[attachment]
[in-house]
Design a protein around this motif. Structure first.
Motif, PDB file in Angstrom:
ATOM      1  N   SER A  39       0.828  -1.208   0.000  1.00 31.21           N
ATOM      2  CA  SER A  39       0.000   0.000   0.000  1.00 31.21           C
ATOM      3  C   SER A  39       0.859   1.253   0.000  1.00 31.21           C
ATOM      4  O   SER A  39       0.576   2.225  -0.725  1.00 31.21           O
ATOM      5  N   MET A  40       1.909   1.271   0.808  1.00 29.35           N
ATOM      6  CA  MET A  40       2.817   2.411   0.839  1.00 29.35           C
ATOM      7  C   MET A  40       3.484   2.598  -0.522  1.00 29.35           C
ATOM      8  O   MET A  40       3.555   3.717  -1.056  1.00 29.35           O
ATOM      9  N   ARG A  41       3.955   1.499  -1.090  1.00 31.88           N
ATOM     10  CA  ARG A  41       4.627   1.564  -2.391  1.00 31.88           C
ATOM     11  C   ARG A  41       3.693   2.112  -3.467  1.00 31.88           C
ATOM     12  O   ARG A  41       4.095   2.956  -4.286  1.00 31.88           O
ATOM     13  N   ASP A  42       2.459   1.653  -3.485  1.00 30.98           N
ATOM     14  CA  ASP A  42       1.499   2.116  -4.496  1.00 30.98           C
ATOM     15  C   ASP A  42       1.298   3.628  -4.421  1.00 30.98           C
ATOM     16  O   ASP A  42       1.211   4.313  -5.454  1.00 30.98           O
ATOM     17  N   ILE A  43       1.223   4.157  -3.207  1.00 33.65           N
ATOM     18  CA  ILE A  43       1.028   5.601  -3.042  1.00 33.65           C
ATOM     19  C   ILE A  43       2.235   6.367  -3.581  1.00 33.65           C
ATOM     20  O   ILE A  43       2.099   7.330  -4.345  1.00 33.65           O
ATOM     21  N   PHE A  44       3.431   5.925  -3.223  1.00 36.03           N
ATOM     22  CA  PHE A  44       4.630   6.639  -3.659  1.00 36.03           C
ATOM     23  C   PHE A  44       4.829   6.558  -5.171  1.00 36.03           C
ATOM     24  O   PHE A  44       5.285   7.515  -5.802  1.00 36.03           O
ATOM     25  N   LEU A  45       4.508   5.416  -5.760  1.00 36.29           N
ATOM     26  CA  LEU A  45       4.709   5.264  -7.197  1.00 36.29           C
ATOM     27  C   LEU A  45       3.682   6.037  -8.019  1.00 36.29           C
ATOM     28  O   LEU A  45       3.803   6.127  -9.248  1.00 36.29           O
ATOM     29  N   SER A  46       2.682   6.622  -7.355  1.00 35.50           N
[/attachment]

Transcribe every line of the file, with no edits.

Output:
[in-house]
Design a protein around this motif. Structure first.
Motif, PDB file in Angstrom:
ATOM      1  N   SER A  39       0.828  -1.208   0.000  1.00 31.21           N
ATOM      2  CA  SER A  39       0.000   0.000   0.000  1.00 31.21           C
ATOM      3  C   SER A  39       0.859   1.253   0.000  1.00 31.21           C
ATOM      4  O   SER A  39       0.576   2.225  -0.725  1.00 31.21           O
ATOM      5  N   MET A  40       1.909   1.271   0.808  1.00 29.35           N
ATOM      6  CA  MET A  40       2.817   2.411   0.839  1.00 29.35           C
ATOM      7  C   MET A  40       3.484   2.598  -0.522  1.00 29.35           C
ATOM      8  O   MET A  40       3.555   3.717  -1.056  1.00 29.35           O
ATOM      9  N   ARG A  41       3.955   1.499  -1.090  1.00 31.88           N
ATOM     10  CA  ARG A  41       4.627   1.564  -2.391  1.00 31.88           C
ATOM     11  C   ARG A  41       3.693   2.112  -3.467  1.00 31.88           C
ATOM     12  O   ARG A  41       4.095   2.956  -4.286  1.00 31.88           O
ATOM     13  N   ASP A  42       2.459   1.653  -3.485  1.00 30.98           N
ATOM     14  CA  ASP A  42       1.499   2.116  -4.496  1.00 30.98           C
ATOM     15  C   ASP A  42       1.298   3.628  -4.421  1.00 30.98           C
ATOM     16  O   ASP A  42       1.211   4.313  -5.454  1.00 30.98           O
ATOM     17  N   ILE A  43       1.223   4.157  -3.207  1.00 33.65           N
ATOM     18  CA  ILE A  43       1.028   5.601  -3.042  1.00 33.65           C
ATOM     19  C   ILE A  43       2.235   6.367  -3.581  1.00 33.65           C
ATOM     20  O   ILE A  43       2.099   7.330  -4.345  1.00 33.65           O
ATOM     21  N   PHE A  44       3.431   5.925  -3.223  1.00 36.03           N
ATOM     22  CA  PHE A  44       4.630   6.639  -3.659  1.00 36.03           C
ATOM     23  C   PHE A  44       4.829   6.558  -5.171  1.00 36.03           C
ATOM     24  O   PHE A  44       5.285   7.515  -5.802  1.00 36.03           O
ATOM     25  N   LEU A  45       4.508   5.416  -5.760  1.00 36.29           N
ATOM     26  CA  LEU A  45       4.709   5.264  -7.197  1.00 36.29           C
ATOM     27  C   LEU A  45       3.682   6.037  -8.019  1.00 36.29           C
ATOM     28  O   LEU A  45       3.803   6.127  -9.248  1.00 36.29           O
ATOM     29  N   SER A  46       2.682   6.622  -7.355  1.00 35.50           N